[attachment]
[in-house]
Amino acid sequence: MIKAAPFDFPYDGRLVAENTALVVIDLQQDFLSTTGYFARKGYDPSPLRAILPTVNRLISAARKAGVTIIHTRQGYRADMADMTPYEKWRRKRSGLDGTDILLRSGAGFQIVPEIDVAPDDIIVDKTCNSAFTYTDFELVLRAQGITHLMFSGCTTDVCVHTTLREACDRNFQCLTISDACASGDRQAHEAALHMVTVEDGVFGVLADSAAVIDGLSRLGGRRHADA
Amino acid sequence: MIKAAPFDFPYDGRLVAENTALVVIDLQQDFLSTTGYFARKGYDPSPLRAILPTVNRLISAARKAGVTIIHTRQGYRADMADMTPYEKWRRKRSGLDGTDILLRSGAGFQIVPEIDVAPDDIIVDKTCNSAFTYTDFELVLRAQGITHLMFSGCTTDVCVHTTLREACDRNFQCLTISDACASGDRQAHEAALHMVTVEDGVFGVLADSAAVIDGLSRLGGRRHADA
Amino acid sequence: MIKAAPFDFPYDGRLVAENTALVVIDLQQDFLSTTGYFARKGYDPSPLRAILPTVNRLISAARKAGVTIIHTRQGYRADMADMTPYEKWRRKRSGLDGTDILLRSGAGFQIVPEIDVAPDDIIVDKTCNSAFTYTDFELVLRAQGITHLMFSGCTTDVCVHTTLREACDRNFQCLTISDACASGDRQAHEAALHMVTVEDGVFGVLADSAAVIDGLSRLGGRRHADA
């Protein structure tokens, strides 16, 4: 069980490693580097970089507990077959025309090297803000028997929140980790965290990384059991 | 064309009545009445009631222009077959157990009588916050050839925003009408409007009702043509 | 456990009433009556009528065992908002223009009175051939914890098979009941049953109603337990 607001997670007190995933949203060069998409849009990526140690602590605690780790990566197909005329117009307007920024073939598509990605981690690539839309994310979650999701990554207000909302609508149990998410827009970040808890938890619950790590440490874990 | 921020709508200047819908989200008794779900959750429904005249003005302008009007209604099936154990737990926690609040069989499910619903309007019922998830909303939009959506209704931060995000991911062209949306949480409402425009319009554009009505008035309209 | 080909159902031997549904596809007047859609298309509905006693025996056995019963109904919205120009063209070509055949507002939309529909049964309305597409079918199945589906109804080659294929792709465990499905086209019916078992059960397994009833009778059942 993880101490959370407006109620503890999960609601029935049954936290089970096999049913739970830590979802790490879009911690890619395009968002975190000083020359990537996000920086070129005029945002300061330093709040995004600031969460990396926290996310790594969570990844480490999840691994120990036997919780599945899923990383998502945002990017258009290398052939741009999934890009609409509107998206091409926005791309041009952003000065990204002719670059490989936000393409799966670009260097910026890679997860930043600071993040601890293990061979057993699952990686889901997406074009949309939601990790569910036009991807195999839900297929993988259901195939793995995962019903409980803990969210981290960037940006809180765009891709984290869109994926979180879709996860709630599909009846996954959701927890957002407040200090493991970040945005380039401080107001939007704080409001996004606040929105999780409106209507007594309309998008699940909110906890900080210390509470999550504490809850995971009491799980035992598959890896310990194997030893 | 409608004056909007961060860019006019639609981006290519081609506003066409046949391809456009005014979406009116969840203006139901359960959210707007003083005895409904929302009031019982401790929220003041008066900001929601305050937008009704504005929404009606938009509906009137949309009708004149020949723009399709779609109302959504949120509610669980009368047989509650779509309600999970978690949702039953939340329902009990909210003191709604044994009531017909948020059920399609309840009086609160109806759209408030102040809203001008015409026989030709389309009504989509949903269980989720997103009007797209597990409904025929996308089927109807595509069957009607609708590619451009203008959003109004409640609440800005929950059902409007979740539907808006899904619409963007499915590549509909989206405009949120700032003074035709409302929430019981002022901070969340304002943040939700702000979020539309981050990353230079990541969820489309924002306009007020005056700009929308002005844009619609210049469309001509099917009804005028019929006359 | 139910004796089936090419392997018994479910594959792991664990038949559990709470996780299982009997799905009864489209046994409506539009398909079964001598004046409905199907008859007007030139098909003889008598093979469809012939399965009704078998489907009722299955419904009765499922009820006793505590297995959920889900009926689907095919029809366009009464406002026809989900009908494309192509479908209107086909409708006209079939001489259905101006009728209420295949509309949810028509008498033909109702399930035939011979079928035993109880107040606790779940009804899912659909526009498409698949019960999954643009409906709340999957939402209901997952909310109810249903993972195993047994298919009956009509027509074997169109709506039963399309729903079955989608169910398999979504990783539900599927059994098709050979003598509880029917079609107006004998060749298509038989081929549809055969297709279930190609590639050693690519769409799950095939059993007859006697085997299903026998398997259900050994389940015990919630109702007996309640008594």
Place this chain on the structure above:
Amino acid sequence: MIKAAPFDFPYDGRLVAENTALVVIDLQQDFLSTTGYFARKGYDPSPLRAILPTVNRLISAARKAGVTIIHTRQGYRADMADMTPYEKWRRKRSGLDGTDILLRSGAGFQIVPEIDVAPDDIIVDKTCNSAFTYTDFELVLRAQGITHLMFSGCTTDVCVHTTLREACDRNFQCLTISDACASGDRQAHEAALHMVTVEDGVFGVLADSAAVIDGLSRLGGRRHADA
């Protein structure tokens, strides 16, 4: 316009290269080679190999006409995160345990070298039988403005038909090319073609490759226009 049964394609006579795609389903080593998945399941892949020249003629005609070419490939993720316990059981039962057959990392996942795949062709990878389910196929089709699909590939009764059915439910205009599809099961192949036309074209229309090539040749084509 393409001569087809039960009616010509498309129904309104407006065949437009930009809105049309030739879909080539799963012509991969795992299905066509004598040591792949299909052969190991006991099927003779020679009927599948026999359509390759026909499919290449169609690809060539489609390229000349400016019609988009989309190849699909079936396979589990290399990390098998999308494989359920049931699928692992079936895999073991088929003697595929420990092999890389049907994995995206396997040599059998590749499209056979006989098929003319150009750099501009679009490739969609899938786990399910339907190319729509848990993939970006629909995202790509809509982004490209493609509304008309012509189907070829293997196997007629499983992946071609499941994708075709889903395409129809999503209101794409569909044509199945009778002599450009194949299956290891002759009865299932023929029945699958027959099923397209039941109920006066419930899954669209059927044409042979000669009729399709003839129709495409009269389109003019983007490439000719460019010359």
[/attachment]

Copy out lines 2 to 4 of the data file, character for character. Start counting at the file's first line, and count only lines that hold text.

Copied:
Amino acid sequence: MIKAAPFDFPYDGRLVAENTALVVIDLQQDFLSTTGYFARKGYDPSPLRAILPTVNRLISAARKAGVTIIHTRQGYRADMADMTPYEKWRRKRSGLDGTDILLRSGAGFQIVPEIDVAPDDIIVDKTCNSAFTYTDFELVLRAQGITHLMFSGCTTDVCVHTTLREACDRNFQCLTISDACASGDRQAHEAALHMVTVEDGVFGVLADSAAVIDGLSRLGGRRHADA
Amino acid sequence: MIKAAPFDFPYDGRLVAENTALVVIDLQQDFLSTTGYFARKGYDPSPLRAILPTVNRLISAARKAGVTIIHTRQGYRADMADMTPYEKWRRKRSGLDGTDILLRSGAGFQIVPEIDVAPDDIIVDKTCNSAFTYTDFELVLRAQGITHLMFSGCTTDVCVHTTLREACDRNFQCLTISDACASGDRQAHEAALHMVTVEDGVFGVLADSAAVIDGLSRLGGRRHADA
Amino acid sequence: MIKAAPFDFPYDGRLVAENTALVVIDLQQDFLSTTGYFARKGYDPSPLRAILPTVNRLISAARKAGVTIIHTRQGYRADMADMTPYEKWRRKRSGLDGTDILLRSGAGFQIVPEIDVAPDDIIVDKTCNSAFTYTDFELVLRAQGITHLMFSGCTTDVCVHTTLREACDRNFQCLTISDACASGDRQAHEAALHMVTVEDGVFGVLADSAAVIDGLSRLGGRRHADA